The operator of a large cord blood bank, Cbr Systems Inc., agreed to settle Federal Trade Commission charges that inadequate security for customers' personal information contributed to a breach that exposed Social Security numbers and credit and debit card numbers of nearly 300,000 consumers.
The settlement requires Cbr to establish and maintain an information security program and submit to security audits by independent auditors every other year for 20 years. It also bars Cbr from misrepresenting its privacy and security practices.
The FTC charged that the company's failures to provide reasonable and appropriate security for personal information contributed to a December 2010 security breach where unencrypted backup tapes containing consumers’ personal information, a Cbr laptop, a Cbr external hard drive and a Cbr USB drive were stolen from an employee’s personal vehicle in San Francisco.
According to the complaint, the unencrypted backup tapes included, in some cases, the names, gender, Social Security numbers, dates and times of birth, drivers’ license numbers, credit and debit card numbers, card expiration dates, checking account numbers, addresses, email addresses, telephone numbers and adoption type (e.g., open, closed, or surrogate) of approximately 298,000 Cbr customers.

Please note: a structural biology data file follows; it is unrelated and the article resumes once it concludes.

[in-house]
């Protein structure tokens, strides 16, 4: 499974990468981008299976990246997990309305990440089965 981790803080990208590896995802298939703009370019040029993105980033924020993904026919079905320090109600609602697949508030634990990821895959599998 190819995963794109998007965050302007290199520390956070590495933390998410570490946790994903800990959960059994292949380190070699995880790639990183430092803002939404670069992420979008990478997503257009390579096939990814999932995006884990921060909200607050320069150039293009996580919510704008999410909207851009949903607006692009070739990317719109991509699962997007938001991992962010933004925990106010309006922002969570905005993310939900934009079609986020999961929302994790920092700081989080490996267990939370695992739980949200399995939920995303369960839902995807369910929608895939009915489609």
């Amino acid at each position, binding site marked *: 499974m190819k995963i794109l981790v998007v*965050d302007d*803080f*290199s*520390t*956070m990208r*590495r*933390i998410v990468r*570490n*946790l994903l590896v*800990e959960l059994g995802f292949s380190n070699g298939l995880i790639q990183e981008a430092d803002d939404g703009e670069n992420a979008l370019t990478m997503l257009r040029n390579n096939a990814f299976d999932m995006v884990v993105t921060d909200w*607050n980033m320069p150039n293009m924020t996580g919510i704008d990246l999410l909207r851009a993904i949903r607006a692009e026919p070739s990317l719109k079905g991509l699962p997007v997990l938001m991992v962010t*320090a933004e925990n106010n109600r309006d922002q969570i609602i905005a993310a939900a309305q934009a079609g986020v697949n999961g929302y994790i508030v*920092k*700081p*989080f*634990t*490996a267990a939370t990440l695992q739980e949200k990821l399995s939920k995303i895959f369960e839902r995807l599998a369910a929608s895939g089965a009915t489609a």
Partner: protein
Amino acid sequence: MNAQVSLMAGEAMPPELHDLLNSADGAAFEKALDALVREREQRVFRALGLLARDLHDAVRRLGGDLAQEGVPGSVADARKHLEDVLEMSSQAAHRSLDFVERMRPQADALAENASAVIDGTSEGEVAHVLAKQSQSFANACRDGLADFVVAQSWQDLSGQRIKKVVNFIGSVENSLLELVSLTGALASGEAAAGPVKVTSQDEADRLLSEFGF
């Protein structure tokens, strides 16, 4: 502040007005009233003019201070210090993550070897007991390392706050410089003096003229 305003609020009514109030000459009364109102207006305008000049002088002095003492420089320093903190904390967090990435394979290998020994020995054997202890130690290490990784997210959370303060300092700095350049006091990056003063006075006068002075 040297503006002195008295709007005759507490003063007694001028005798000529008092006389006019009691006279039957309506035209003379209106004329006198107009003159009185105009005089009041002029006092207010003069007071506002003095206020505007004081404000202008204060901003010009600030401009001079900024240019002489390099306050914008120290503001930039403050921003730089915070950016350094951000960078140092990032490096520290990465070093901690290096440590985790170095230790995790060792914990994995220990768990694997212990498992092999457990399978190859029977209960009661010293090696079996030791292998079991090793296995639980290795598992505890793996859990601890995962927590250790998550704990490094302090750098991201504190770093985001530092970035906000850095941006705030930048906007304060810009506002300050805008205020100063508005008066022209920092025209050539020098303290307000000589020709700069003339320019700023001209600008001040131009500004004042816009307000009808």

The FTC complaint alleges that the unencrypted Cbr laptop and unencrypted Cbr external hard drive contained network information, including passwords and protocols, that could have permitted an intruder to access Cbr’s network, where sensitive personal health information was stored.
Cbr Systems is considered a leading provider of umbilical cord blood and umbilical cord tissue banking services. Consumers pay to preserve and store a newborn’s cord blood and cord tissue because they contain stem cells, the use of which researchers are investigating to treat some diseases and conditions.
“The FTC can and will take action to make sure that companies live up to the privacy promises they make to consumers, particularly when it comes to highly sensitive information like the health information collected by Cbr,” said FTC Chairman Jon Leibowitz. “The exposure of this information has the potential to cause real harm to consumers.”
Cbr also allegedly created unnecessary risks to personal information by, among other things, transporting backup tapes, a thumb drive and other portable data storage devices containing personal information in a way that made the information vulnerable to theft. According to the FTC, Cbr failed to take sufficient measures to prevent, detect and investigate unauthorized access to computer networks.